It would have been easy for me not to communicate my love and confidence. First of all, it seemed obvious, after all, I had stayed home, that surely implied a trust. And I wasn't grilling him and micromanaging, so that also relays trust. And we were both busy, each with a kid and all our work, and there was so much to talk about with just the hospital updates, doctor meetings, Colby's withdrawal off a drug, the seizure reports. Maybe it was because it was so obvious and we talked and shared our love anyway, in such a critical time, that the message meant so much.
At a critical moment, like the hospital trust and communication are necessary. But there are the trillions of daily moments too, surprising, practical places that trust and communication smooth the way, like when we talk about what to have for dinner.
A cool, early fall evening, I am yearning for soup. There is a Kubocha squash that needs to be cooked, some corn and potatoes. Craig asks for ideas for dinner, and I say soup. He listens. And in speaking and listening, the soup comes to be.
Words of love and appreciation combined with his love and appreciation for my love and appreciation, and soon you have an exponential love, an expanding and blooming of love that quickly surpasses the quiet, personal and internal state of love. The love we have when shared grows beyond our imagination. Then as that shared love is witnessed your whole life is bigger, warmer and feels, nestled in your chest, like a nourishing bowl of soup, feeding this hunger and craving for love, to love and be loved.
You Say Soup Recipe
about 2 cups of fresh cranberry beans
corn/corn cream (4 ears)
5 medium small potatoes
1 medium-small Kubocha squash-oven roasted, or any rich, golden squash
chicken stock or water
celery leaves (from the heart) shredded
salt & pepper to taste
bay leaf & fresh thyme
Shell the cranberry beans, put in a pot with enough water to cover by a few inches. Add a bay leaf or two, some sprigs of thyme, a medium carrot cut into large pieces, a medium onion halved and a good glug of olive oil. Cook slowly until tender, skimming continually. You could also use chicken stock instead of water.
Cut and seed the squash. Cut into large chunks. Season with salt and pepper. Put on a baking sheet into an oven pre-heated to 425. Bake until browned and done but make sure the flesh is still firm. Remove from the oven and when cool enough to handle, remove the skin and dice about 1/2" cubes and reserve.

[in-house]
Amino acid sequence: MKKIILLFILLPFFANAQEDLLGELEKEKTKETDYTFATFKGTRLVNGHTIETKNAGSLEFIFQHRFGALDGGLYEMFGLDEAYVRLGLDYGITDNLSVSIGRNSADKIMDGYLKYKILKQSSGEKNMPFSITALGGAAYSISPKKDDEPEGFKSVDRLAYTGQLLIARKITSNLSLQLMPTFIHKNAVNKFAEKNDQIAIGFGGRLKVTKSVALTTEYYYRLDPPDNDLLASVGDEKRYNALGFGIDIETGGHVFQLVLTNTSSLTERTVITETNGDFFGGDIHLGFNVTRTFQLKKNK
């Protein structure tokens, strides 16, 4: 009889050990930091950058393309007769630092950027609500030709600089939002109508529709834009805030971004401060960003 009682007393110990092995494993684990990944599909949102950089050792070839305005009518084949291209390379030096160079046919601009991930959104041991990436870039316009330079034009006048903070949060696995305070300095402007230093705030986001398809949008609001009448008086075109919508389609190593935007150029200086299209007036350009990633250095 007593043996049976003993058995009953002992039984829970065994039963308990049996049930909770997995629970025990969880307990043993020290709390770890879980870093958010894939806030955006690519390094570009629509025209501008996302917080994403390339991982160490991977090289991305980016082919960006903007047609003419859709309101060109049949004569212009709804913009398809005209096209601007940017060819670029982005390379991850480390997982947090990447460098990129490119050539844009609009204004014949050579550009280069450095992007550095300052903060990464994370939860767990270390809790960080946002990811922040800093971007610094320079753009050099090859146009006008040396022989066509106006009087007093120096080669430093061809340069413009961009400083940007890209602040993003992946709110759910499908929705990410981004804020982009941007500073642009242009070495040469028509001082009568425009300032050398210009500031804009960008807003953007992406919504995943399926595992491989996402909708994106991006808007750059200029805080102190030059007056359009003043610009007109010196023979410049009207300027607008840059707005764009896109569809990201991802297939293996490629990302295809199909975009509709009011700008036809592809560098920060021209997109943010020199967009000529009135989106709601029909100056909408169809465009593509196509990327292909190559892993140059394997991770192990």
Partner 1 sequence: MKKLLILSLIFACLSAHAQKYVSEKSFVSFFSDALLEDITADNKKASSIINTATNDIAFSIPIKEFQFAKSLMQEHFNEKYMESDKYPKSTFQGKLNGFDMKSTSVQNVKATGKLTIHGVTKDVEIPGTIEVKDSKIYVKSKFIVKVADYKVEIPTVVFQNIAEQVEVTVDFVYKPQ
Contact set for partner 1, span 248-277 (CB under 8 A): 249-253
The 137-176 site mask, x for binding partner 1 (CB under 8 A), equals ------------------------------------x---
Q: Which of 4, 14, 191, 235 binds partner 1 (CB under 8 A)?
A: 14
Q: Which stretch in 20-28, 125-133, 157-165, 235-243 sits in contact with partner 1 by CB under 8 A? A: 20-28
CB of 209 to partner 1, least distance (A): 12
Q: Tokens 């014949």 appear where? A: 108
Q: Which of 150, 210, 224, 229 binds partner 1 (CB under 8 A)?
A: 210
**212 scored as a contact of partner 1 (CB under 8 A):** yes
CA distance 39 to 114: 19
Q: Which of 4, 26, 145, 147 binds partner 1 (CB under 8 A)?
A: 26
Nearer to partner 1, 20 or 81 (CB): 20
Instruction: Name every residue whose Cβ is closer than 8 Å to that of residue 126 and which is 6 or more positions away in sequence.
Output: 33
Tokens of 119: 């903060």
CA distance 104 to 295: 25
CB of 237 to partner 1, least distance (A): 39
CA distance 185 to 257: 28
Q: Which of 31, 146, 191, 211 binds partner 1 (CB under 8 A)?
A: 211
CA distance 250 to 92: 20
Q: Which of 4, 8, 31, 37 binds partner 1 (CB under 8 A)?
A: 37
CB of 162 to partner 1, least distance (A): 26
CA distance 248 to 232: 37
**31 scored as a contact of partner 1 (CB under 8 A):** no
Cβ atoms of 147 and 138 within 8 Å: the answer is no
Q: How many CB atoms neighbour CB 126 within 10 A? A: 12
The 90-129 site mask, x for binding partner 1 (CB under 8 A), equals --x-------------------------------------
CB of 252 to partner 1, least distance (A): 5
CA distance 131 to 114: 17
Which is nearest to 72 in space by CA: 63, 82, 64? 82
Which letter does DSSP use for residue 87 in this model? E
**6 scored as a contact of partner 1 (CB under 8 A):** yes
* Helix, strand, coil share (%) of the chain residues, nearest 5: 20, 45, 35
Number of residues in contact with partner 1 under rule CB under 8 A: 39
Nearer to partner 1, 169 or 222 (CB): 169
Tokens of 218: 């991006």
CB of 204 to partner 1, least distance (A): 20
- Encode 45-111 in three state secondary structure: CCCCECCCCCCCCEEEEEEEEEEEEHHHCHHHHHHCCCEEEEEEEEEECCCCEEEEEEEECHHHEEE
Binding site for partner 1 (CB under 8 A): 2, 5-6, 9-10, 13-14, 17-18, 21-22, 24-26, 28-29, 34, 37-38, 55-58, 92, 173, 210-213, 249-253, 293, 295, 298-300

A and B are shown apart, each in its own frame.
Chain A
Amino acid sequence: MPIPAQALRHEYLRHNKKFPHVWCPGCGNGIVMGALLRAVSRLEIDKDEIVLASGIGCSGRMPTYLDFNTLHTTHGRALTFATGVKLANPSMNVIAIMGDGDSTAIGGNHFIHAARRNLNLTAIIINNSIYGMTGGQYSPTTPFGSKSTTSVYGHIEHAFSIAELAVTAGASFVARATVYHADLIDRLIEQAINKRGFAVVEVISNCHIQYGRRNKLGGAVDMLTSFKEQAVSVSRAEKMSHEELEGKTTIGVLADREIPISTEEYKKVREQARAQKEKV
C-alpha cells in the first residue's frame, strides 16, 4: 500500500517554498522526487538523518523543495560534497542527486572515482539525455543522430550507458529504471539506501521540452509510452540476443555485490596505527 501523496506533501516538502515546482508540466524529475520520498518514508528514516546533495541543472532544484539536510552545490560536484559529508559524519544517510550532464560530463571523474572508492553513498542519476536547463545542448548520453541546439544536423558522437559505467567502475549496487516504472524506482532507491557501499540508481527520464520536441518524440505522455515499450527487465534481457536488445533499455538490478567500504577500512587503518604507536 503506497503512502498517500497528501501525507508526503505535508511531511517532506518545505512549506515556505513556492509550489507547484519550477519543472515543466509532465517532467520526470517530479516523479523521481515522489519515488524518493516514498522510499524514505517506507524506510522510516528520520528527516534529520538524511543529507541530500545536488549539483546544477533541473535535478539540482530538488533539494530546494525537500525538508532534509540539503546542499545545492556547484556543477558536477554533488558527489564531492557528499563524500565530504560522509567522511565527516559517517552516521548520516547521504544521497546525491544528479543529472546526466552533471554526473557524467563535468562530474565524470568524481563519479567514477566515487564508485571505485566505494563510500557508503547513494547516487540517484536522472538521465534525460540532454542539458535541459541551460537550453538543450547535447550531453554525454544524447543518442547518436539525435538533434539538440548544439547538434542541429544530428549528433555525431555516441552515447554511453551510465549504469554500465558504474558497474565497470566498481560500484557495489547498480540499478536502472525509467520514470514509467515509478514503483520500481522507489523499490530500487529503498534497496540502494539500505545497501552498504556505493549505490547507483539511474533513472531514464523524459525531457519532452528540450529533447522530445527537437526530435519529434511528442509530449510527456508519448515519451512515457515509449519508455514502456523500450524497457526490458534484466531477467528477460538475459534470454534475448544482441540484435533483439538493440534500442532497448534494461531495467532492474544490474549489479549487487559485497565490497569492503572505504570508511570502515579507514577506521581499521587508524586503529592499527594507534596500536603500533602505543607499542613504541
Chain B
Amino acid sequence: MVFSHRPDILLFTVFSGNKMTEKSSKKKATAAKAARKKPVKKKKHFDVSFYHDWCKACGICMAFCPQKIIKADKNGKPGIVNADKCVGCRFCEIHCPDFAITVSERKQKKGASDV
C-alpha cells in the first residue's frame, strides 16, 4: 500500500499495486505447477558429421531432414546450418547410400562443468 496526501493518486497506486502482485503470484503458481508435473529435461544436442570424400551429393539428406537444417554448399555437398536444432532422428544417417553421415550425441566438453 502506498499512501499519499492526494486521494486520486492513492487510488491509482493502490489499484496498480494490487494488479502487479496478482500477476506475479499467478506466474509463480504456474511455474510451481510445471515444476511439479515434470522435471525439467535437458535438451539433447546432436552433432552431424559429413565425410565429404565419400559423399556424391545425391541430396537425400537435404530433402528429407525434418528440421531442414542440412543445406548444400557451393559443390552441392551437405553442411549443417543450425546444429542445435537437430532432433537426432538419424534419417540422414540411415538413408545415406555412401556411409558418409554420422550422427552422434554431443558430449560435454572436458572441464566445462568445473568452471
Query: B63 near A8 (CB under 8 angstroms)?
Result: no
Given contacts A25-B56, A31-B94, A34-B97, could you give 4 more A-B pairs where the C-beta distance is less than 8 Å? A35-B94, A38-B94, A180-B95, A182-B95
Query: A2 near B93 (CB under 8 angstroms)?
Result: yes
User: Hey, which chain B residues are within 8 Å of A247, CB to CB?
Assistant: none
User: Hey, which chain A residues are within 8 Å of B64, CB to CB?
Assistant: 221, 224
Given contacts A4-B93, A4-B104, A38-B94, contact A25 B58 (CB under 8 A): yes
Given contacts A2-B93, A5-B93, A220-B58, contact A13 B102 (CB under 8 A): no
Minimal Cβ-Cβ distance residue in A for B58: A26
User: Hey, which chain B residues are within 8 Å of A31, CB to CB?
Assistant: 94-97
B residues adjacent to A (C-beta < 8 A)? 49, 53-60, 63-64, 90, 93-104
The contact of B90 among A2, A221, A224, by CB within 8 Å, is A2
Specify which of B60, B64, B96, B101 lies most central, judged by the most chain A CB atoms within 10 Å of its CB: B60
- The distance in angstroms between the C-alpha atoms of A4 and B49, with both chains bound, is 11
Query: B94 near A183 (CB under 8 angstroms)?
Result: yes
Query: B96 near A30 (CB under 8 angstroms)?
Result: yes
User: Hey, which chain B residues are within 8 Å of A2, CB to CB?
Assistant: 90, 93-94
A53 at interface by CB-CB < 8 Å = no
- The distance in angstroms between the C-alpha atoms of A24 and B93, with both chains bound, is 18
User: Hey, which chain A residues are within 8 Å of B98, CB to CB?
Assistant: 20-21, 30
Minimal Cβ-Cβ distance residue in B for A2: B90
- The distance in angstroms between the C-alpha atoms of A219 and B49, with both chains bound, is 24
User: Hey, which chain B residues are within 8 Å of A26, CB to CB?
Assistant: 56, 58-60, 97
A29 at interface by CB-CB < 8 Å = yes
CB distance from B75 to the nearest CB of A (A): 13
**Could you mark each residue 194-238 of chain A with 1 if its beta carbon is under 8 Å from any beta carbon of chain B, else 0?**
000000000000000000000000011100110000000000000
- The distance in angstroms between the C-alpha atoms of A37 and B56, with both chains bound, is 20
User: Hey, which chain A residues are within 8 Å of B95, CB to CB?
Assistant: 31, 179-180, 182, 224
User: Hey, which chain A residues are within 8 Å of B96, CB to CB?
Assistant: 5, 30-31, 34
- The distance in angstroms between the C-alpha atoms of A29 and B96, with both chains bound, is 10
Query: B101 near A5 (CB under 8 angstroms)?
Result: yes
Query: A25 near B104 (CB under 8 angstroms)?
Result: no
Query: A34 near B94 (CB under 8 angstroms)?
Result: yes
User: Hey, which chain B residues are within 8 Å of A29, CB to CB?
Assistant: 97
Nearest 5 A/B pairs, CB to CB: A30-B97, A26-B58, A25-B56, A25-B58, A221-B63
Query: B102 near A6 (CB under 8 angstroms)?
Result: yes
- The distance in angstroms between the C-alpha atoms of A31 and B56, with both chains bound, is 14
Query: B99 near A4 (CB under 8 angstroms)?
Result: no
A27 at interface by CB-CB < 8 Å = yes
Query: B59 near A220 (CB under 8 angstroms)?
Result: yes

Meanwhile cut the potatoes into about 1/2" dice and saute in olive oil until almost done. Remove from pan, cool and reserve.
Remove the kernels from 2 ears of corn and blanch for about a minute in rapidly boiling, lightly salted water. Skim any bit that come to the surface. Cool them in cold water and rinse again. Set aside on a kitchen towel.
When the beans are tender check the broth for seasoning and adjust to taste. Add the potatoes and continue to simmer slowly.
Take the kernels off the other 2 ears of corn and put in a blender with about a tablespoon of water and puree. Strain through a chinois into a bowl, pressing gently (but not forcing) with a wooden spoon. Pour the filtered liquid into a small pot and heat over medium -low heat while whisking. When the starch in the corn begins to thicken add about 4 or 5 tablespoons of butter (in chunks) while continuing to whisk. Add the reserved blanched kernels and remove from heat. (See Thomas Keller's "The French Laundry Cookbook" for exhaustive detail on creamed corn process.)
Stir the reserved "creamed corn" into the soup. Then add the shredded celery leaves to the corn, potato, bean mixture.
To serve, ladle soup into large bowls. top each bowl with some of the roasted squash and serve. you can always add pieces of bacon or pancetta as well!
Wednesday, September 22, 2010
Market Love: a gratitude for the farmers, the customers, the relationship between producer and consumer, the participation in a viable, vibrant economy; a feeling of hope and of connection to place.
Walking through the market today, filled with Market Love, I was thinking about an article I'd read in the New York Times about an episode of provincialism turned violent - between two chefs - in Portland Oregon. The chef who threw the first punch was angry because another chef had not used local meat in a cooking competition. It made me wonder about the extent of my attitudes. Do I share the adamant views of this chef, local being absolutely better? Or was my Market Love pure?
We as a family eat mostly local meat, produce, dairy and grain. Olive oil, salt, pepper and wine are consistently from afar. We are of these consumption habits becasue we like the discipline of it, and because it makes sense to us both physiologically and environmentally. But is it that simple? Do I really keep it that personal? Or, did I secretly want to sock people buying asparagus from Argentina in May at Wegmans, when the fields a few miles away were filled with that very crop? Apples from New Zealand in September? Thinking honestly about it, that does make me clench my jaw. Not throw a punch, but there is some emotion there, I'll admit it.
Here in Ithaca, the Farmers Market is glorious. I love arriving, anticipating what will be fresh from the earth, filling the stalls. I love to know, to thank and acknowledge the people who have raised the food, who have ordered the seed in January, thought out their season's flow of produce from field to market, who work long hours in the elements, raise their families and earn their living in the arduous path of independent farming.